Posted 20th January 2012 | 2 Comments

Report confirms benefits of HS2 for West Coast line

PASSENGERS on the West Coast Main Line, one of the busiest rail routes in Europe, could benefit from faster, more frequent trains, less crowding and better connections if the first phase of the proposed High Speed line between London and Birmingham goes ahead as planned, according to a new report from Network Rail and watchdog Passenger Focus.

The report says one of the biggest groups to benefit would be commuters travelling between Northampton, Milton Keynes, Watford and London, where the worst overcrowding is forecast in the coming years as demand for rail continues to grow. Initial analysis suggests up twelve trains an hour could operate on this important outer suburban route.

Other key beneficiaries would be passengers travelling between the major towns and cities of the West Midlands, and also between London and destinations in the Trent Valley. There are also likely to be opportunities to improve connectivity between the south end of the route and towns and cities further the north as well as more room for goods to be moved by rail.

Passenger Focus surveyed more than 5,000 current passengers and almost 1,000 potential new rail users, highlighting the key priorities for the capacity which would be released if HS2 is built. 

PF chief executive Anthony Smith said, "Passengers know that with more people using the West Coast Main Line it is only a matter of time before capacity runs out. If a new line was to free up this much-needed route passengers, especially commuters, have signalled they want to be able to get seat as well as more direct services."

Passenger Focus added that passengers clearly stated first and foremost they want to be able get a seat. Direct services were also high up the list of priorities for both current passenger and potential users.

Network Rail group strategy director Paul Plummer said: "The West Coast Main Line is Britain’s busiest and most economically vital rail artery – but by 2024 it will be full, with no more space to accommodate the continued predicted growth in demand."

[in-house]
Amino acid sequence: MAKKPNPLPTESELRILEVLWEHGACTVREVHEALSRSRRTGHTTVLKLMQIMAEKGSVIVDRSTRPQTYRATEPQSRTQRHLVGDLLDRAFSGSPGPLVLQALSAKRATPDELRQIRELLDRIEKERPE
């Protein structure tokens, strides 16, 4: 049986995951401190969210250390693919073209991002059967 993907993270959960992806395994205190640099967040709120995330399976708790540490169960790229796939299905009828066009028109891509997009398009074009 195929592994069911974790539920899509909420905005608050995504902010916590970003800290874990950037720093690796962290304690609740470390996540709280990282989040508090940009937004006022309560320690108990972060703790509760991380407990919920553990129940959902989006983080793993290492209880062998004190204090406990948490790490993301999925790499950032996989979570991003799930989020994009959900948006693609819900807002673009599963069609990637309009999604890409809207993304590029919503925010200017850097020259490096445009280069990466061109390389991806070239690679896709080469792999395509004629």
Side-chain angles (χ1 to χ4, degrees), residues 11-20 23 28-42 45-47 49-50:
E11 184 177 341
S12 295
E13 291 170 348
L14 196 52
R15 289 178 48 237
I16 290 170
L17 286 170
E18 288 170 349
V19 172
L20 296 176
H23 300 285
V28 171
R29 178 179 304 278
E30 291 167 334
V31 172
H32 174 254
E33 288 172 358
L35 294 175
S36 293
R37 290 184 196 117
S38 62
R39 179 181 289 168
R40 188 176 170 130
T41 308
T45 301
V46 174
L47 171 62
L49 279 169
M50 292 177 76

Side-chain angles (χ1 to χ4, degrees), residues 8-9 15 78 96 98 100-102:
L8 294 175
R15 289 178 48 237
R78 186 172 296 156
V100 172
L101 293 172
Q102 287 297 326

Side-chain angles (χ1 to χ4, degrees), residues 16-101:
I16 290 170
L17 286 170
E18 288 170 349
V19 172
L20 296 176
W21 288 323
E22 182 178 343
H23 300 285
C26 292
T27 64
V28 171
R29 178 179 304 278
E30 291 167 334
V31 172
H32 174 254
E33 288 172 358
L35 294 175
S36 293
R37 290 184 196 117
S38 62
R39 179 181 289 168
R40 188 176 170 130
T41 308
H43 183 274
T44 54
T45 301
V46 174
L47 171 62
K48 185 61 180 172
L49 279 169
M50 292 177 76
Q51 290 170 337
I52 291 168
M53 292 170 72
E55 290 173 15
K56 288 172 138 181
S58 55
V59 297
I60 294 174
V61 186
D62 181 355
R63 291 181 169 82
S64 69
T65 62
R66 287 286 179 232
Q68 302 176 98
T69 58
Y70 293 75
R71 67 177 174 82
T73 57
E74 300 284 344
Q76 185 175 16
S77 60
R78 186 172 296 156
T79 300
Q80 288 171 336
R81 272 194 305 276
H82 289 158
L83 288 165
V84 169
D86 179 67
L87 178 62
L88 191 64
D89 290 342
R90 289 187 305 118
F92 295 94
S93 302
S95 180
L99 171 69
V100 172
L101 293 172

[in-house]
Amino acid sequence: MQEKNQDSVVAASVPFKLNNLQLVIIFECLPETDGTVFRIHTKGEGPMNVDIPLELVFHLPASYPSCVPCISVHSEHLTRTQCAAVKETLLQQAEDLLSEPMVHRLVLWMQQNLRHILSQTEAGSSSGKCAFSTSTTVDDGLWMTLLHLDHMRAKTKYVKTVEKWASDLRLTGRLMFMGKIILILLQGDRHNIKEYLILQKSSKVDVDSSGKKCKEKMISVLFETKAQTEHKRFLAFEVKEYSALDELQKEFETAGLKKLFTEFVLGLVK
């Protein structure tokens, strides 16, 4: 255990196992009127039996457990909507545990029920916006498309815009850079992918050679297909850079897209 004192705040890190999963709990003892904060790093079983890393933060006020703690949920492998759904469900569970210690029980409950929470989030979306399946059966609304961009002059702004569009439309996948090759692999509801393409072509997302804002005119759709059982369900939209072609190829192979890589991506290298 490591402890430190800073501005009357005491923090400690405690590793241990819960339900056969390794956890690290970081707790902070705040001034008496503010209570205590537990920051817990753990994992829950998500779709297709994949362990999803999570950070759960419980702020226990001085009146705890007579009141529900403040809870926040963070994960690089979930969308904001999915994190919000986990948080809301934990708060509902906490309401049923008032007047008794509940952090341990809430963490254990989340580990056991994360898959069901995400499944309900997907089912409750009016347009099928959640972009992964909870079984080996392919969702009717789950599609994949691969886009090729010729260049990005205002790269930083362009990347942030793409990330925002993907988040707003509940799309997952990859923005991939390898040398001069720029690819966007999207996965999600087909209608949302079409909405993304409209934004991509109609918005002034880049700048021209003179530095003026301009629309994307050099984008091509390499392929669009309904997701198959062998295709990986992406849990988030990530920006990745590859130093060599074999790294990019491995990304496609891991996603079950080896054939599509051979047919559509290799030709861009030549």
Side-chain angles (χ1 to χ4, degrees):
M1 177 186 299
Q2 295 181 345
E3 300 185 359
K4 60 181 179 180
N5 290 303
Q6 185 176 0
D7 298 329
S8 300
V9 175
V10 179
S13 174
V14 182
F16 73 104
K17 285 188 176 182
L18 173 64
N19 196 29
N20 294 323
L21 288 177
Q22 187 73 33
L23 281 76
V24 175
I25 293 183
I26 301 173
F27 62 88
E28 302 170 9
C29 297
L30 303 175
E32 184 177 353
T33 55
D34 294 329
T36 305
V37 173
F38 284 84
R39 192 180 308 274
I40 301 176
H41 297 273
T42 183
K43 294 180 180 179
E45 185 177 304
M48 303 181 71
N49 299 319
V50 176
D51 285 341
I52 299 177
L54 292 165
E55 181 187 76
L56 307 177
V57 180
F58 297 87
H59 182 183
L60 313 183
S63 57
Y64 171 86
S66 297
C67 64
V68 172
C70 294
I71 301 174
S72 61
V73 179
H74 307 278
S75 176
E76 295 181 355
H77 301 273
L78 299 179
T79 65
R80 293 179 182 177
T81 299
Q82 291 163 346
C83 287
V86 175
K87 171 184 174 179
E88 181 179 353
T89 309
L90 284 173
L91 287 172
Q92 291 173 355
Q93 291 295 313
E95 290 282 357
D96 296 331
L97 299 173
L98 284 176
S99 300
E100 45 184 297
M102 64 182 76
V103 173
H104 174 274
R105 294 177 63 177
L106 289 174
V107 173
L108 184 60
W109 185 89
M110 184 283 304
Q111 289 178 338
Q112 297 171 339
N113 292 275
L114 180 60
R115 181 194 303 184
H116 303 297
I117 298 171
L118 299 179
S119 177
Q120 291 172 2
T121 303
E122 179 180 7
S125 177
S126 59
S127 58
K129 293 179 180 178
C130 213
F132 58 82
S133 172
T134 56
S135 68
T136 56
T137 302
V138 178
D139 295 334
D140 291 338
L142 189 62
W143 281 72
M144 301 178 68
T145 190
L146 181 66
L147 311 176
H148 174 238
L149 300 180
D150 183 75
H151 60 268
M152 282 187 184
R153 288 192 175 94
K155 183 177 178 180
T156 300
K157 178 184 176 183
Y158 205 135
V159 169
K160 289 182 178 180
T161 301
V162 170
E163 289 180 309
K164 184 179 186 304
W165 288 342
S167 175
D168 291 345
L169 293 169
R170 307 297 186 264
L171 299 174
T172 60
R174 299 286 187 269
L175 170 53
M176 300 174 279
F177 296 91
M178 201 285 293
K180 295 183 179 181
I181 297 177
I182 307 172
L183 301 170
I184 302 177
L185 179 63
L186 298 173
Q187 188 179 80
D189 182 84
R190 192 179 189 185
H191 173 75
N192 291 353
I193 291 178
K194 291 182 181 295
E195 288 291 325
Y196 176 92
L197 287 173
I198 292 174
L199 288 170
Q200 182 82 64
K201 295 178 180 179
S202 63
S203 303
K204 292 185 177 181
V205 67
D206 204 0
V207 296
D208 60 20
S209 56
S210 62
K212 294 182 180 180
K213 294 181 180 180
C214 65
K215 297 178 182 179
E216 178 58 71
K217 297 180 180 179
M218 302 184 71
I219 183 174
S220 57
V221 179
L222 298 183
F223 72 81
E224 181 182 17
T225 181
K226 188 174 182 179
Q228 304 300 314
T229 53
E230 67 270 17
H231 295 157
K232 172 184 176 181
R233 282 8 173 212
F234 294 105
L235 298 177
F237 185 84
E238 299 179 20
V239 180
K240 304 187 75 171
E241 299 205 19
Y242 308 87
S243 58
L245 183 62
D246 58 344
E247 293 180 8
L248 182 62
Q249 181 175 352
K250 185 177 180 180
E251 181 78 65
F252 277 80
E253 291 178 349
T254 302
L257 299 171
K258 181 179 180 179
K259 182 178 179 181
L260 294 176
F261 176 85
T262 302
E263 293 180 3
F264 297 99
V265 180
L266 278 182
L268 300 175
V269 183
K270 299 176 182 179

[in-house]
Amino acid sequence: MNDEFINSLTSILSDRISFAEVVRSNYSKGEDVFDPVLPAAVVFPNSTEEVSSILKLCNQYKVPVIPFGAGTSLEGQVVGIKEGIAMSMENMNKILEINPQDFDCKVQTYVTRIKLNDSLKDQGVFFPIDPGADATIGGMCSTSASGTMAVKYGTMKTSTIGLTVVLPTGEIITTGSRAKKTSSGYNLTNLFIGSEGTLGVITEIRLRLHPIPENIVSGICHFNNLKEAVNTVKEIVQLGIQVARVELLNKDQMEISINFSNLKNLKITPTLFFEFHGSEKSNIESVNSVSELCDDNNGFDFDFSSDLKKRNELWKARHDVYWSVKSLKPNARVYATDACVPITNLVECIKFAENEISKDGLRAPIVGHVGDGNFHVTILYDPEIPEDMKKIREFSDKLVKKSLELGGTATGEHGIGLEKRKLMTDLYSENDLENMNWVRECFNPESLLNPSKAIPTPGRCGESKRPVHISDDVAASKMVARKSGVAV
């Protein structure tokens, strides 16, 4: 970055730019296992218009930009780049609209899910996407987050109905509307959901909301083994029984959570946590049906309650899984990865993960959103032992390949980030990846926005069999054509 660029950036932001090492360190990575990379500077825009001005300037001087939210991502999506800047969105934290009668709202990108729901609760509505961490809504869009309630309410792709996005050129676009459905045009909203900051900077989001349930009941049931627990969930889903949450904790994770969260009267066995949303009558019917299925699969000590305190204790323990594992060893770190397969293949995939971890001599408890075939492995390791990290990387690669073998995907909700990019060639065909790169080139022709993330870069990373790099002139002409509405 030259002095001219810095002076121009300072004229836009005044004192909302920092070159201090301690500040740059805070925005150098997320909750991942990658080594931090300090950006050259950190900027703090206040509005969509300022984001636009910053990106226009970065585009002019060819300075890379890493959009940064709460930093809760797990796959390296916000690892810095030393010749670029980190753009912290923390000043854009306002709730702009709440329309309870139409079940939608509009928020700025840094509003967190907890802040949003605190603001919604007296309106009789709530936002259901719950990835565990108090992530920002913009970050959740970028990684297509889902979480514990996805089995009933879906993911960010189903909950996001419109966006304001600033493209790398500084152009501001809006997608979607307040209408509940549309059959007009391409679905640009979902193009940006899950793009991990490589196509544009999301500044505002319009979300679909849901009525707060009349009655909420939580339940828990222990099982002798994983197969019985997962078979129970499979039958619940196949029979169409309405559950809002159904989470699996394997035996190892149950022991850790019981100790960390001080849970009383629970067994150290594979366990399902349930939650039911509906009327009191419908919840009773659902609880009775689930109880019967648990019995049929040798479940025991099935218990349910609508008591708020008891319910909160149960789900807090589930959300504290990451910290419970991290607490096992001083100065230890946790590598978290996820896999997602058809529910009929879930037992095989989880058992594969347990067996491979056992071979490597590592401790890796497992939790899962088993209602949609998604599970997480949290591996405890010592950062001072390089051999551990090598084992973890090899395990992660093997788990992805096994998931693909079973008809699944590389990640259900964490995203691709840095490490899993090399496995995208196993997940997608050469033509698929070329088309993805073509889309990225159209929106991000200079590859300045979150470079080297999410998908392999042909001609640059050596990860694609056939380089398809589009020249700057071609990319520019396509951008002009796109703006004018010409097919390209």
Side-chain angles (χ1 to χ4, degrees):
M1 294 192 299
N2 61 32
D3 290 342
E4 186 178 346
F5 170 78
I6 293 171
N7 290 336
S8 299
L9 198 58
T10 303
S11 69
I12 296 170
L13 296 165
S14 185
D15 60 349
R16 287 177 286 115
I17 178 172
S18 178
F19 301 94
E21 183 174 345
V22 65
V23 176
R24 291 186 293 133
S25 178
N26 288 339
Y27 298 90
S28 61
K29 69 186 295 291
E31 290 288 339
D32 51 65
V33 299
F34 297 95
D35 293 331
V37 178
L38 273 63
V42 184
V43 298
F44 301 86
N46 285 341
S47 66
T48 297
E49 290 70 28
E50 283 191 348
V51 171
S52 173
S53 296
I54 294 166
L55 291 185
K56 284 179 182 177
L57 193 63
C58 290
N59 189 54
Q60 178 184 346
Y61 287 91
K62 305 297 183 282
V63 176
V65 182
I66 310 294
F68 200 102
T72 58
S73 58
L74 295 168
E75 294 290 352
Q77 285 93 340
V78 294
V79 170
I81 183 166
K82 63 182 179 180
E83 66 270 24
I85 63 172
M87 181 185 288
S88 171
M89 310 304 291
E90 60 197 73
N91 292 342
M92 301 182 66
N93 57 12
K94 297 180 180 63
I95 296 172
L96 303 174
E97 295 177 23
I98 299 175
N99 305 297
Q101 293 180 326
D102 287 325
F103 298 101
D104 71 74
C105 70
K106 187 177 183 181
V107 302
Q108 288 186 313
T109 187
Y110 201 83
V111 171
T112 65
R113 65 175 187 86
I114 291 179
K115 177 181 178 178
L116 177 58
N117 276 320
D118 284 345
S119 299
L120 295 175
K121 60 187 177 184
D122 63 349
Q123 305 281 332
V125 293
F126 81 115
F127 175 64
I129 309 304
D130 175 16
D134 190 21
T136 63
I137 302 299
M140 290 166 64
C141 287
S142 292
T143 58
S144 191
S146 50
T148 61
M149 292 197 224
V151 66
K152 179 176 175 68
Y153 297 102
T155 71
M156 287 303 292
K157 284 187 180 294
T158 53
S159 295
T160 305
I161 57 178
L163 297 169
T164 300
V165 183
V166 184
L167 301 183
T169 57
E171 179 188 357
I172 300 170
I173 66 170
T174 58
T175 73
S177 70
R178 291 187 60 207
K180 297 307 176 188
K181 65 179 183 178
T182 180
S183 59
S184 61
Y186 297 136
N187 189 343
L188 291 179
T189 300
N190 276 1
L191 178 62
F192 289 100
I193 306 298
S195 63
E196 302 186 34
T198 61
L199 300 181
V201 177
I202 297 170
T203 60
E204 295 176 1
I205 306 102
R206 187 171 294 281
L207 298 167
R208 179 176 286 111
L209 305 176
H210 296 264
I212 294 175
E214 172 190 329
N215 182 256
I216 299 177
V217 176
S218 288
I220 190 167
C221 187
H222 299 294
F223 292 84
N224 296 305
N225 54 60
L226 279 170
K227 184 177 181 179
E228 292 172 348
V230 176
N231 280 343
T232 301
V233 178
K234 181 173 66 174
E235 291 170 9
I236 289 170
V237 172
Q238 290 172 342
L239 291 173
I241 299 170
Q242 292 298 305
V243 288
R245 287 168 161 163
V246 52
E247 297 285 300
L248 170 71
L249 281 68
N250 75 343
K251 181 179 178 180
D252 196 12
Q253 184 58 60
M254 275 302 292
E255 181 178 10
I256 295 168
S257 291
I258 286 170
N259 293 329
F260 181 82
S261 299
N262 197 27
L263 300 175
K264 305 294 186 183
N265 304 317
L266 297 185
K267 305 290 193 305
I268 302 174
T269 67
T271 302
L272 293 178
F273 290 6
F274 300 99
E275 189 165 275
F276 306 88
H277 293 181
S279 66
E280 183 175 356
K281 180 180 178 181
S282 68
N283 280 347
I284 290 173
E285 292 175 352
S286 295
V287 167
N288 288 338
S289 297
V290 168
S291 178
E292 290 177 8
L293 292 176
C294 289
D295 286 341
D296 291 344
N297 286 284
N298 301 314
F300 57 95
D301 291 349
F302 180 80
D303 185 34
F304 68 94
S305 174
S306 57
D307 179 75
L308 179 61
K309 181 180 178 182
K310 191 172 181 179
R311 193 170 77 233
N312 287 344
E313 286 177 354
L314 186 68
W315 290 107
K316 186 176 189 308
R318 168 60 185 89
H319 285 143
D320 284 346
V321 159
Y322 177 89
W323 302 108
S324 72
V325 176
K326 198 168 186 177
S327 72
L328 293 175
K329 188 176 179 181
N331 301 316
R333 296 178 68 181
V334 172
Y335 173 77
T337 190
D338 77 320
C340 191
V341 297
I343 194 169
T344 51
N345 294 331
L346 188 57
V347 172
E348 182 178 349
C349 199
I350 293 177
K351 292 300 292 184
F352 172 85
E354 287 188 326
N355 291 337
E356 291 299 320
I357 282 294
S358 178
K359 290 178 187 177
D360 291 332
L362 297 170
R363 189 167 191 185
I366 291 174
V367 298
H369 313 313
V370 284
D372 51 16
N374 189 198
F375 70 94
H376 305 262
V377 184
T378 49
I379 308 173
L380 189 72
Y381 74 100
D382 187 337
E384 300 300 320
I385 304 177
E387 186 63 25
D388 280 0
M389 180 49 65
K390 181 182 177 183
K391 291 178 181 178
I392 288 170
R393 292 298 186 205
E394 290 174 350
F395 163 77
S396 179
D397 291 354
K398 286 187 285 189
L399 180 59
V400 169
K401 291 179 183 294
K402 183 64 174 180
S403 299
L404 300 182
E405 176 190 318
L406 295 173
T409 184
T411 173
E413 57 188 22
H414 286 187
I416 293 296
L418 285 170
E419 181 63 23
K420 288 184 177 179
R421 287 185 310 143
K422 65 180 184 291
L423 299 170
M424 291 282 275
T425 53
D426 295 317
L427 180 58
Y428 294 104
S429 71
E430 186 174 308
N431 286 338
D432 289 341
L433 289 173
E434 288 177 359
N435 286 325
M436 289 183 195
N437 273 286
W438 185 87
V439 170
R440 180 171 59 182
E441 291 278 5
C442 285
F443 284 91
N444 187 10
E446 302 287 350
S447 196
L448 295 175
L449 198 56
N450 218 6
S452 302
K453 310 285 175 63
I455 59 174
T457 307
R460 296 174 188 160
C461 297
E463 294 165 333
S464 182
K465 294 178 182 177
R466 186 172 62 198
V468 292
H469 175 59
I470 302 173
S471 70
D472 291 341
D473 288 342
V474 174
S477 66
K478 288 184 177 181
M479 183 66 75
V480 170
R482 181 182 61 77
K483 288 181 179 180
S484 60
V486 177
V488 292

The conclusions of the report have been welcomed by the Association of Train Operating Companies.

ATOC's chief executive Michael Roberts commented: "HS2 would not only help solve a looming capacity crunch for people travelling between our major cities. By freeing up space on the existing West Coast Main Line, passengers in towns such as Rugby, Milton Keynes and Northampton could benefit from improved local services and better, more frequent connections."

Reader Comments:

Views expressed in submitted comments are that of the author, and not necessarily shared by Railnews.

  • Lutz, London

    Perhaps the local authorities for Rugby should be doing more to attract businesses to the area that would benefit from the improved links. I can think of plenty that would be interested in say a high-quality business park next to the station.

  • Colin Holland, Daventry, United Kingdom

    Why are we turning southern and middle England into a commuter belt for London? Take for example Rugby, it used to be a hive of industrial activity and until only a few years ago, commuters to London were minimal. Now, a huge multistory car park has been built, a factory knocked down to build another huge car park and commuters number in the thousands and Rugby is dying slowly. Why do we need to extend this nonsense even further up the country? Surely the commonsense solution is to transfer the need to work in London, moving the some of government ministries out would be a good start. As it stands, ALL tax payers are subsidizing rail travelers to earn higher salaries by commuting further and greater distance - that is not right.